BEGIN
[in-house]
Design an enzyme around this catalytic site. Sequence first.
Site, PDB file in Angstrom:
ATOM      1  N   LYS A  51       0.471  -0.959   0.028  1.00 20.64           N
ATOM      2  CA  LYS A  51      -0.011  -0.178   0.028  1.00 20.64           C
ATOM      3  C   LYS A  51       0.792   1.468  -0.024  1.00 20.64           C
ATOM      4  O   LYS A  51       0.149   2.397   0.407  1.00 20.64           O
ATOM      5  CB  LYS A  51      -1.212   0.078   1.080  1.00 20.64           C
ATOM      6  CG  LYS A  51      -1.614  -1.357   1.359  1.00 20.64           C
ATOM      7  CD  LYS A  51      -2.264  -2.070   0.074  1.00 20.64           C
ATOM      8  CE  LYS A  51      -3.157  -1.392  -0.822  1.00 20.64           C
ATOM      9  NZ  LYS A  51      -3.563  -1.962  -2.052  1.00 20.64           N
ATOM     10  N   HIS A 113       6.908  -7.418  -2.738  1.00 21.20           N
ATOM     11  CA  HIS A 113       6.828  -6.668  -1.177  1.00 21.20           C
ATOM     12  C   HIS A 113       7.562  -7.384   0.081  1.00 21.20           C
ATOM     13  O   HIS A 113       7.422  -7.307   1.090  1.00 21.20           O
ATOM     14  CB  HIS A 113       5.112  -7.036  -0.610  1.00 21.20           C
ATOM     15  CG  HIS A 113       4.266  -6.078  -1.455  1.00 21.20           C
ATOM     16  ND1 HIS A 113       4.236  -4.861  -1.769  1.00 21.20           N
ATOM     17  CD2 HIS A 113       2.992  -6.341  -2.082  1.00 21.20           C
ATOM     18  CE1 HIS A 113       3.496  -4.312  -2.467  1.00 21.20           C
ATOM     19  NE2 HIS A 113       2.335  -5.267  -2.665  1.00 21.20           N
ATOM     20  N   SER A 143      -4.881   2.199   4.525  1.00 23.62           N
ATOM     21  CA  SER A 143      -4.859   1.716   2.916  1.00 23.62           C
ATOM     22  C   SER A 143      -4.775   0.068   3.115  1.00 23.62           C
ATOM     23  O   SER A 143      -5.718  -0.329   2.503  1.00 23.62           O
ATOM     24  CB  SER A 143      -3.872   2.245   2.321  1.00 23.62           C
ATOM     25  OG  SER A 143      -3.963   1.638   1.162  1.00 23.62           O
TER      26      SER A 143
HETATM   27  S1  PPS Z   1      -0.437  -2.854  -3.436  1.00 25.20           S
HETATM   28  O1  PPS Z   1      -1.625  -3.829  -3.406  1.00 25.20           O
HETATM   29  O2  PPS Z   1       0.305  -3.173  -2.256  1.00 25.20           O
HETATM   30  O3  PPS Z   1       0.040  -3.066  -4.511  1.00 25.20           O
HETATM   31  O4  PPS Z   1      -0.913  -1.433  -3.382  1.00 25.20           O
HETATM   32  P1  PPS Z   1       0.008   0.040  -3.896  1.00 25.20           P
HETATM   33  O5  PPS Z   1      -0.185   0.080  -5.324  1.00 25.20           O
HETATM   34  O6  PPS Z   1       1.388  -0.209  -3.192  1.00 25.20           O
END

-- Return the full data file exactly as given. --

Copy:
[in-house]
Design an enzyme around this catalytic site. Sequence first.
Site, PDB file in Angstrom:
ATOM      1  N   LYS A  51       0.471  -0.959   0.028  1.00 20.64           N
ATOM      2  CA  LYS A  51      -0.011  -0.178   0.028  1.00 20.64           C
ATOM      3  C   LYS A  51       0.792   1.468  -0.024  1.00 20.64           C
ATOM      4  O   LYS A  51       0.149   2.397   0.407  1.00 20.64           O
ATOM      5  CB  LYS A  51      -1.212   0.078   1.080  1.00 20.64           C
ATOM      6  CG  LYS A  51      -1.614  -1.357   1.359  1.00 20.64           C
ATOM      7  CD  LYS A  51      -2.264  -2.070   0.074  1.00 20.64           C
ATOM      8  CE  LYS A  51      -3.157  -1.392  -0.822  1.00 20.64           C
ATOM      9  NZ  LYS A  51      -3.563  -1.962  -2.052  1.00 20.64           N
ATOM     10  N   HIS A 113       6.908  -7.418  -2.738  1.00 21.20           N
ATOM     11  CA  HIS A 113       6.828  -6.668  -1.177  1.00 21.20           C
ATOM     12  C   HIS A 113       7.562  -7.384   0.081  1.00 21.20           C
ATOM     13  O   HIS A 113       7.422  -7.307   1.090  1.00 21.20           O
ATOM     14  CB  HIS A 113       5.112  -7.036  -0.610  1.00 21.20           C
ATOM     15  CG  HIS A 113       4.266  -6.078  -1.455  1.00 21.20           C
ATOM     16  ND1 HIS A 113       4.236  -4.861  -1.769  1.00 21.20           N
ATOM     17  CD2 HIS A 113       2.992  -6.341  -2.082  1.00 21.20           C
ATOM     18  CE1 HIS A 113       3.496  -4.312  -2.467  1.00 21.20           C
ATOM     19  NE2 HIS A 113       2.335  -5.267  -2.665  1.00 21.20           N
ATOM     20  N   SER A 143      -4.881   2.199   4.525  1.00 23.62           N
ATOM     21  CA  SER A 143      -4.859   1.716   2.916  1.00 23.62           C
ATOM     22  C   SER A 143      -4.775   0.068   3.115  1.00 23.62           C
ATOM     23  O   SER A 143      -5.718  -0.329   2.503  1.00 23.62           O
ATOM     24  CB  SER A 143      -3.872   2.245   2.321  1.00 23.62           C
ATOM     25  OG  SER A 143      -3.963   1.638   1.162  1.00 23.62           O
TER      26      SER A 143
HETATM   27  S1  PPS Z   1      -0.437  -2.854  -3.436  1.00 25.20           S
HETATM   28  O1  PPS Z   1      -1.625  -3.829  -3.406  1.00 25.20           O
HETATM   29  O2  PPS Z   1       0.305  -3.173  -2.256  1.00 25.20           O
HETATM   30  O3  PPS Z   1       0.040  -3.066  -4.511  1.00 25.20           O
HETATM   31  O4  PPS Z   1      -0.913  -1.433  -3.382  1.00 25.20           O
HETATM   32  P1  PPS Z   1       0.008   0.040  -3.896  1.00 25.20           P
HETATM   33  O5  PPS Z   1      -0.185   0.080  -5.324  1.00 25.20           O
HETATM   34  O6  PPS Z   1       1.388  -0.209  -3.192  1.00 25.20           O